The ‘Undateable’ Comedy Tour: How to Launch (or Not Launch) a TV Show in 2014Rob Kim/Getty Images
My name is Bill Lawrence, I’m 45 years old and have not done stand-up comedy in 20 years. Oh, and quick side note: Twenty years ago, I was extremely mediocre at it. When I decided to go on the road with four outstanding young stand-ups (Chris D’Elia, Brent Morin, Ron Funches, and Rick Glassman), I made the smart decision not to write any new material. I could just use old stuff and riff. Young people love to pay to listen to an old guy “riff,” right? What could possibly go wrong? I’d “work it out” and find my act on the road.
We opened at Carolines Comedy Club in New York City. I was on the stage, bombing, in a way that probably made everyone there uncomfortable. My mouth was so dry it felt like I had just eaten a handful of Fritos and paper towels, and I looked at a table off to the right. It was full of old high school buddies who had come in from Connecticut to “surprise” me. Currently, they all looked almost … sad. I mumbled something about how the people on Dateline are so dumb, and I could totally murder my wife and get away with it. No joke there, really, just the ramblings of a psychopath. Then I made a noise that wasn’t a word, and introduced the first real comic, Ron Funches, a brilliant young black comedian who started his act by evaluating my set. This is a ritual he will repeat in every city. “I don’t know if that was fun for you,” he says, “but I really enjoyed seeing a rich white guy look that uncomfortable.” I couldn’t help but ask myself, “How the hell did I get here?”
Adam Sztykiel and I created the show Undateable. It’s loosely based on a book by Ellen Rakieten and Anne Coyle, but it really came to be because of Adam’s and my love for classic sitcoms. We wanted to do a multi-camera show like Cheers; live audience, not too many sets. We wanted to populate the world with stand-up comics, because they know how to vibe off a crowd, ad-lib, and make material stronger than what’s written. We cast Ron Funches, Rick Glassman, and Brent Morin first. One of the lucky gifts was that they knew each other already. Rick and Brent even live together. Part of a sitcom is establishing immediate chemistry. Adam and I thought putting people together who are already friends might help us here. We decided to take a chance.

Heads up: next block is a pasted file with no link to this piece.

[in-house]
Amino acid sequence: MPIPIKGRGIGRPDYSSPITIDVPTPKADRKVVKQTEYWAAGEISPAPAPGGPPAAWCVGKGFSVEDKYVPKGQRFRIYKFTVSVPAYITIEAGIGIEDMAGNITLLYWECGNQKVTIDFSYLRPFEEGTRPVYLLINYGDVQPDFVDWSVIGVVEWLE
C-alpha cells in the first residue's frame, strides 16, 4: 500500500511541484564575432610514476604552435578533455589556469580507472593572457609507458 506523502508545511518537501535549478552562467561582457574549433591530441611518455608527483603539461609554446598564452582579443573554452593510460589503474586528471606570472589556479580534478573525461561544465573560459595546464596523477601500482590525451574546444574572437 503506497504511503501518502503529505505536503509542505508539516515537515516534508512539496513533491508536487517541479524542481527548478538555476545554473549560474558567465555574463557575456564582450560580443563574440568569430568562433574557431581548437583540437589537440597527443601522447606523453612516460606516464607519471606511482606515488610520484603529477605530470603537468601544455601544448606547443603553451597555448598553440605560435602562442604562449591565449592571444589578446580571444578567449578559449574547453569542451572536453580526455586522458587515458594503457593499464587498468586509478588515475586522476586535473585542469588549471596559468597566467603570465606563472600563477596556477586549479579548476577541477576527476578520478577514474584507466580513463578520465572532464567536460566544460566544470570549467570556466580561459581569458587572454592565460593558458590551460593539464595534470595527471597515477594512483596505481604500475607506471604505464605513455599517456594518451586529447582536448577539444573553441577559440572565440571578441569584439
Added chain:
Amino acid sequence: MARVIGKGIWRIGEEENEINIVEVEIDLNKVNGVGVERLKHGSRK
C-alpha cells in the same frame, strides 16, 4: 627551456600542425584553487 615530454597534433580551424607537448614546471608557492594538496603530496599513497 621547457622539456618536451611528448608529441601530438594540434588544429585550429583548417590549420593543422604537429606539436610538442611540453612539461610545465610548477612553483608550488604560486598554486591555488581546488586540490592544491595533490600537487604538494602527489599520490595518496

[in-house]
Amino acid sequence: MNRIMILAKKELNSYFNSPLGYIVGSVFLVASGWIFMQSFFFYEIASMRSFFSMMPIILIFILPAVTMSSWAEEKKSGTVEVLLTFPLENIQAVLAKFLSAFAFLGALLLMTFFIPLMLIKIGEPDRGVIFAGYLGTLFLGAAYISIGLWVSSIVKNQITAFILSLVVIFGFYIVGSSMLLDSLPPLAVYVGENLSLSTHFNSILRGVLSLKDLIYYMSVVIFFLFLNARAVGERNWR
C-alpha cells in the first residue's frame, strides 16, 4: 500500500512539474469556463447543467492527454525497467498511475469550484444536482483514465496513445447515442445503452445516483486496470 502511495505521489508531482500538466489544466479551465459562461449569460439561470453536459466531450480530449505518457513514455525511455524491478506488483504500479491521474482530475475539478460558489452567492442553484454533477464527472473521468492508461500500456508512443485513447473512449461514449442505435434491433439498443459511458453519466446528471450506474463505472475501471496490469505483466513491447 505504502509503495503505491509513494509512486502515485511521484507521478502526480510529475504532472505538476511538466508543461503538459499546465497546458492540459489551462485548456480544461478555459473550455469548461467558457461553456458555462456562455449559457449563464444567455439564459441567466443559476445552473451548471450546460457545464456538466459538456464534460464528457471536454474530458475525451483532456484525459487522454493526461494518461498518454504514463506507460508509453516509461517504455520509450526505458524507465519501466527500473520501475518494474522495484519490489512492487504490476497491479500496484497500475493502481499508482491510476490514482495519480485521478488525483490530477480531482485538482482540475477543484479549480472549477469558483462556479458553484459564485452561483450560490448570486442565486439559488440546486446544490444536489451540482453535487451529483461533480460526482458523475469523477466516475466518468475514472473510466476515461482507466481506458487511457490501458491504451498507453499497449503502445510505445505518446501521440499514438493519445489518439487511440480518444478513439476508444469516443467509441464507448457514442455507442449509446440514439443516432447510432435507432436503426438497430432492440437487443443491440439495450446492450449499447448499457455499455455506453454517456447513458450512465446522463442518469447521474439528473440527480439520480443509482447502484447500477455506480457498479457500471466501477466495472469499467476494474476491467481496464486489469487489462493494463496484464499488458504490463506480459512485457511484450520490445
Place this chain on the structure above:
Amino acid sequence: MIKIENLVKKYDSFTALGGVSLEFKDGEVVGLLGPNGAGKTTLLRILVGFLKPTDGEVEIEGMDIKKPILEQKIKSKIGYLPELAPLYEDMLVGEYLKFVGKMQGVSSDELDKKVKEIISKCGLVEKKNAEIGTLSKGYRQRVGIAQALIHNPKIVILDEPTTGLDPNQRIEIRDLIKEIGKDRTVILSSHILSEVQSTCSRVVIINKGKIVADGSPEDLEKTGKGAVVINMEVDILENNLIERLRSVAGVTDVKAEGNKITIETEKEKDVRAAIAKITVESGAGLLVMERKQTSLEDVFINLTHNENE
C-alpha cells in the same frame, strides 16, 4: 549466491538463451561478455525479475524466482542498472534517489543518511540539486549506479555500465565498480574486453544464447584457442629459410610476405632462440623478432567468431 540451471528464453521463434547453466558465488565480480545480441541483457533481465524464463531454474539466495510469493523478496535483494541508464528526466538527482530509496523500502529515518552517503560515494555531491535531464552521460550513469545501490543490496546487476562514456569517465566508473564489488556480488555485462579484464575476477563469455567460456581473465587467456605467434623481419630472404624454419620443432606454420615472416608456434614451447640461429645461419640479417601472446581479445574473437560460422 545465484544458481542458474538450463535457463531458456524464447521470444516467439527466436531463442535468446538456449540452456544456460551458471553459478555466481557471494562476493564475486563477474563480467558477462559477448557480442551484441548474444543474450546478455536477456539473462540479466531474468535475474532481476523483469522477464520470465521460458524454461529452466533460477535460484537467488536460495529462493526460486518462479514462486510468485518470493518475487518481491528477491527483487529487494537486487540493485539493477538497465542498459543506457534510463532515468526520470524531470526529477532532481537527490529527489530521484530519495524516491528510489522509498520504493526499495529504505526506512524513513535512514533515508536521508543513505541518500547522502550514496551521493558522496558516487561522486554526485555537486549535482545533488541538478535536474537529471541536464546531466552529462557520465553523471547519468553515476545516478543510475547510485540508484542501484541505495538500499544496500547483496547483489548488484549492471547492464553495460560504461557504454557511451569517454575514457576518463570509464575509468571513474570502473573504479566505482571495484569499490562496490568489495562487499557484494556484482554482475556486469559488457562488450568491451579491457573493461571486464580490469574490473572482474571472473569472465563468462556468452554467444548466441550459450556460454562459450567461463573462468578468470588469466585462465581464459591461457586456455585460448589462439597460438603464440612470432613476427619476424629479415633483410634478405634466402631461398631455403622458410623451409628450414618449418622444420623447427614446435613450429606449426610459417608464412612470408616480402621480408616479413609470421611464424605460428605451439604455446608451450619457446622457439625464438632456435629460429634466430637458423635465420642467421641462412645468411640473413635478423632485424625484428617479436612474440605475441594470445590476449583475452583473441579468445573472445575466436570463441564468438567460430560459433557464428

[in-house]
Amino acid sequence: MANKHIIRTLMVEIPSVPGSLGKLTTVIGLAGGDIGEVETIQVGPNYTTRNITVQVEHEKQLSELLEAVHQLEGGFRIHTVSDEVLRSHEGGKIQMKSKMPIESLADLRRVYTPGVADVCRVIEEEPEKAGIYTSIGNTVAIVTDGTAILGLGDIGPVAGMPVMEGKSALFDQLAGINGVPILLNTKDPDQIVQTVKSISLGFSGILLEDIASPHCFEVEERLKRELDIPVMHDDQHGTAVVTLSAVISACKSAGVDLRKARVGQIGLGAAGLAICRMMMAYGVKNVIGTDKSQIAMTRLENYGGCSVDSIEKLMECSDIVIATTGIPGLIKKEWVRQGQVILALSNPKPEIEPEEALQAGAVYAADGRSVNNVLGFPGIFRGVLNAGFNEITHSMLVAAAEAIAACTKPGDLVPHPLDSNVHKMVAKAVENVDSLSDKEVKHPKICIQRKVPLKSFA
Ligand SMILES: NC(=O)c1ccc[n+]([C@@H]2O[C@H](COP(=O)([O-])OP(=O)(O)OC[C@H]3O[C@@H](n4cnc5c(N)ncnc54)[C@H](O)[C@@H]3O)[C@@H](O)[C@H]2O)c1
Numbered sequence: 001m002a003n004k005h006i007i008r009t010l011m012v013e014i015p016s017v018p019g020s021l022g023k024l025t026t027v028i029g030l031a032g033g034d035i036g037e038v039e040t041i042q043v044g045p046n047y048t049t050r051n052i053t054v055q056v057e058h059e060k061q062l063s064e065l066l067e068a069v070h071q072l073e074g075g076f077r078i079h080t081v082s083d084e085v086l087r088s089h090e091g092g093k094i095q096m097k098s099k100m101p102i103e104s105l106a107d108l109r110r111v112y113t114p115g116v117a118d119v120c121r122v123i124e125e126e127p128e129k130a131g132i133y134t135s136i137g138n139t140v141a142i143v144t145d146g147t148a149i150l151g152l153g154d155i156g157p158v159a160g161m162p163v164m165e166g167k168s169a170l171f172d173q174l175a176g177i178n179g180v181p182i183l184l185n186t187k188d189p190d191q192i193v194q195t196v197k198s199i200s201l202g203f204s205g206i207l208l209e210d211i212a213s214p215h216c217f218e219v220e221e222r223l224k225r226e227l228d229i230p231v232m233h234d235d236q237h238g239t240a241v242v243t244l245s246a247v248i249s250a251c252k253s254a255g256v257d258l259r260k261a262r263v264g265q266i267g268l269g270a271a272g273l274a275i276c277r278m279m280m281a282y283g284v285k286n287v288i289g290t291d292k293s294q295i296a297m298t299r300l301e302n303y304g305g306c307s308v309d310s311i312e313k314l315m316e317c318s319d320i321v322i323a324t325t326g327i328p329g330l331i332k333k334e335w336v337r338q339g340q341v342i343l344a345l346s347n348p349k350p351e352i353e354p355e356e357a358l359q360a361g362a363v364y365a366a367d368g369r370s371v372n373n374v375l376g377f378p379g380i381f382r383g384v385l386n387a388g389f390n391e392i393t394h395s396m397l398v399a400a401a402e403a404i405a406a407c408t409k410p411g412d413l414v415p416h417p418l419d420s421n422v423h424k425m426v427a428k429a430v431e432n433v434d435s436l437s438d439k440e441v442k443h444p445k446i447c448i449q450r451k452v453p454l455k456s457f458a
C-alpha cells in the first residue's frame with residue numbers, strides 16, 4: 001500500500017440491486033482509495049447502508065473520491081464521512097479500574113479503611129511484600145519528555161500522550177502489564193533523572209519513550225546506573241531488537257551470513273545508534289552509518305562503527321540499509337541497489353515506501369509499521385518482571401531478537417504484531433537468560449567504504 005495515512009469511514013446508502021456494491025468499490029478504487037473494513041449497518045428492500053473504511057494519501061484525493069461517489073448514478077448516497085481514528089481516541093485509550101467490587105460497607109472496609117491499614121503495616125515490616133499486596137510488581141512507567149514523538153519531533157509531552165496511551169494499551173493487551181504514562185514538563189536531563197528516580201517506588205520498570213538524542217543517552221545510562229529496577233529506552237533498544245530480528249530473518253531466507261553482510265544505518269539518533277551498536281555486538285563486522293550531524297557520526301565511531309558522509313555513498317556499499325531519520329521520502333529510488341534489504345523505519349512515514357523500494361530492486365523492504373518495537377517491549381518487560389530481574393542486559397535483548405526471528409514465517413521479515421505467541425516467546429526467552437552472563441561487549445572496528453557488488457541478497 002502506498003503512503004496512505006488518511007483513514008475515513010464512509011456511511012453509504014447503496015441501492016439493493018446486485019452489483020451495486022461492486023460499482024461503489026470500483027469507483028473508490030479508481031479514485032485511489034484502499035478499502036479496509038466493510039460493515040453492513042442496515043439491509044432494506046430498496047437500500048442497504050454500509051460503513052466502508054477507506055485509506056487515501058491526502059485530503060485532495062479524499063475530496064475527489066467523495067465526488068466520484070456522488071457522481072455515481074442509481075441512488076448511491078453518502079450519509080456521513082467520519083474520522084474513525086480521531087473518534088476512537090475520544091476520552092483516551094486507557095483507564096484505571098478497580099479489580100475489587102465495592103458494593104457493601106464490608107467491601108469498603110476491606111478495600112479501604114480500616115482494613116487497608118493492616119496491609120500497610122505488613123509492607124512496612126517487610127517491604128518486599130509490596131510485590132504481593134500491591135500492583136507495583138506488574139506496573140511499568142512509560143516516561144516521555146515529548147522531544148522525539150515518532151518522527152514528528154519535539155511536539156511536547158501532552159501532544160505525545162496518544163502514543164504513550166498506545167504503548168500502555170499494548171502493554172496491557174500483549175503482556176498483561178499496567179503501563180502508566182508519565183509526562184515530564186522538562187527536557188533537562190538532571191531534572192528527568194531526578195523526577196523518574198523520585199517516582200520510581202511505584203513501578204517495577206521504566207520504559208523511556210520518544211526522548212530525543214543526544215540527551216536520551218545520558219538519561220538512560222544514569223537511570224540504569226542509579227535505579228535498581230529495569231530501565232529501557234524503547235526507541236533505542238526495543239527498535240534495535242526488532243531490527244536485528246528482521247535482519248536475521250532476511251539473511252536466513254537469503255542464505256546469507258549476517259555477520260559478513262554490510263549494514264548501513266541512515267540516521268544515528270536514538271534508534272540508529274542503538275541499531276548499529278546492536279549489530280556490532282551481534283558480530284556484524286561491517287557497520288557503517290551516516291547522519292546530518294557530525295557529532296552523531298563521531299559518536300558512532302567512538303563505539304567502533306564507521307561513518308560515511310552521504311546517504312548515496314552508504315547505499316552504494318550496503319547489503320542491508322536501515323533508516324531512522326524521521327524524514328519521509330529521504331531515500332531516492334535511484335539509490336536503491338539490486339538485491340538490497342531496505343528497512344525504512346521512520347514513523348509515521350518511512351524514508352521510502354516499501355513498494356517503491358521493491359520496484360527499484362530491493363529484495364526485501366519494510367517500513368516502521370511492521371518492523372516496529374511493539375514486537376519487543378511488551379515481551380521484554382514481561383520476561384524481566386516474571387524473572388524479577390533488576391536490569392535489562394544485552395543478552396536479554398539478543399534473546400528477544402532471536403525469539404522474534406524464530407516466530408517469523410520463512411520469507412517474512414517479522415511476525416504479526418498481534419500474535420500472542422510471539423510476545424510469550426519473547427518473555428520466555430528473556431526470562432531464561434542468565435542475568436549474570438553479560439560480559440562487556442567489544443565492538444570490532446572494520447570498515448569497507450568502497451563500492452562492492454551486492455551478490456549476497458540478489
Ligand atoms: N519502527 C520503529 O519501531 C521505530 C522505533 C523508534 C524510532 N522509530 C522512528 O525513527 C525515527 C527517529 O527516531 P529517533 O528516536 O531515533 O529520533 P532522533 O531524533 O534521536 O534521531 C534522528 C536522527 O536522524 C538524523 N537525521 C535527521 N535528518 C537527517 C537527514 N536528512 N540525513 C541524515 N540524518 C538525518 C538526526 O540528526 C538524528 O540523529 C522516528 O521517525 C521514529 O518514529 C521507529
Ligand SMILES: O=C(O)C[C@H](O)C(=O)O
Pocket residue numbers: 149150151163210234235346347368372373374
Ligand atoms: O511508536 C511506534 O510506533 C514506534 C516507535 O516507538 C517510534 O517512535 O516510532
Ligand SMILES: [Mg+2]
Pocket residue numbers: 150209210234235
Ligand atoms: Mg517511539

Brent’s mentor in comedy and good friend Chris D’Elia was currently starring in the NBC show Whitney. We cast him as the lead of Undateable, knowing if Whitney got picked up for another season, Chris would be unavailable and our show would be immediately dead. It felt worth it — Chris is an electric comic with a huge fan base from TV, Vine, and his comedy special(s). He really seems like a young talent on the verge. Plus, it’s fun to watch Chris torture Brent: “Hey, Brent, you had your own TV show for like three days, but it’s my TV show now.” We immediately put this big brother/little brother dynamic into the show. We then rounded out the cast with Bianca Kajlich, who starred on Rules of Engagement and, more important, has known Chris for more than 10 years. We all feel they must’ve made out at least once back in the day. They steadfastly deny it. (We also cast a young British comic actor, David Fynn, but he doesn’t know anyone so he doesn’t work that well for this section of the article.) We shot the pilot and … it worked. The chemistry was palpable: You could sense that they all (except David, of course) were actually friends in real life. Most of the best jokes were ad-libbed by the comics. Adam and I felt like geniuses. The show got picked up by NBC. Nothing could go wrong.
We were then informed that we weren’t on the fall schedule.
Boston and Philly
I’m still awkward on stage. I haven’t really figured out how to adjust the microphone stand yet, so I often look hunched over, like I’m trying desperately hard not to crap my pants. This is partly true (see photo below). It hasn’t yet dawned on me that I can remove the microphone. Still, I am getting better. Ron comes on stage and says, “Look at Bill working some stuff out. There were actually a few setups and punch lines in there …”
Being a midseason replacement sucks for a number of reasons. The worst one is that it immediately puts you in the position of hoping other shows will fail. TV comedy is a small community — we all have friends working on every show. You can’t want their show to die without knowing they will suffer. I’ve created an insane reality for myself to keep this in check. In my belief system, there is a Karma God that punishes you for actively wishing ill unto others. My wife points out that I work in a community that seems to actively reward assholes. The Karma Gods don’t have a huge toehold in Hollywood. “Maybe some of those crazy-rich assholes aren’t truly happy,” I say, then am immediately embarrassed by how ridiculous that sounds. To add to Undateable‘s troubles, every comedy on network TV (besides The Big Bang Theory and Modern Family) seems to be failing. Old hits are “down” and all the new “hot” comedies are getting ratings in the 1s. These are numbers that would get you immediately canceled three years ago. TV has changed.